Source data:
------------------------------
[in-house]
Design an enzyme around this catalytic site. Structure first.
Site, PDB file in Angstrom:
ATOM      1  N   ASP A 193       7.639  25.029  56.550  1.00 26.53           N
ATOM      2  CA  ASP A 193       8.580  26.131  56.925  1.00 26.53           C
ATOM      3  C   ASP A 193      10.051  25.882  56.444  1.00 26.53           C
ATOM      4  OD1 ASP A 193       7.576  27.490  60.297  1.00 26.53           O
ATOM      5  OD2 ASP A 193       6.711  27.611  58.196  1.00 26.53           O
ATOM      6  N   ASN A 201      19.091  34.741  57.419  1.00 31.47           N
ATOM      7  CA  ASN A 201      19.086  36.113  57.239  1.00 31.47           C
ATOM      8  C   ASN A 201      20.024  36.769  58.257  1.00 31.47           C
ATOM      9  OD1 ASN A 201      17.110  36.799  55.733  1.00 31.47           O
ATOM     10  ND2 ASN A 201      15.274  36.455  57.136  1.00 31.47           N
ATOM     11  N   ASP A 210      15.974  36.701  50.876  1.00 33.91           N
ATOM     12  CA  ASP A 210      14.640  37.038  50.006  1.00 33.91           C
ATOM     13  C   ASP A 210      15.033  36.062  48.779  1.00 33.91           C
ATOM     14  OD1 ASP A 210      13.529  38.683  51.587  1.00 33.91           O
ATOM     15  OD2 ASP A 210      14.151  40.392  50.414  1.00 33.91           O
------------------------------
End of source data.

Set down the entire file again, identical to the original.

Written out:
[in-house]
Design an enzyme around this catalytic site. Structure first.
Site, PDB file in Angstrom:
ATOM      1  N   ASP A 193       7.639  25.029  56.550  1.00 26.53           N
ATOM      2  CA  ASP A 193       8.580  26.131  56.925  1.00 26.53           C
ATOM      3  C   ASP A 193      10.051  25.882  56.444  1.00 26.53           C
ATOM      4  OD1 ASP A 193       7.576  27.490  60.297  1.00 26.53           O
ATOM      5  OD2 ASP A 193       6.711  27.611  58.196  1.00 26.53           O
ATOM      6  N   ASN A 201      19.091  34.741  57.419  1.00 31.47           N
ATOM      7  CA  ASN A 201      19.086  36.113  57.239  1.00 31.47           C
ATOM      8  C   ASN A 201      20.024  36.769  58.257  1.00 31.47           C
ATOM      9  OD1 ASN A 201      17.110  36.799  55.733  1.00 31.47           O
ATOM     10  ND2 ASN A 201      15.274  36.455  57.136  1.00 31.47           N
ATOM     11  N   ASP A 210      15.974  36.701  50.876  1.00 33.91           N
ATOM     12  CA  ASP A 210      14.640  37.038  50.006  1.00 33.91           C
ATOM     13  C   ASP A 210      15.033  36.062  48.779  1.00 33.91           C
ATOM     14  OD1 ASP A 210      13.529  38.683  51.587  1.00 33.91           O
ATOM     15  OD2 ASP A 210      14.151  40.392  50.414  1.00 33.91           O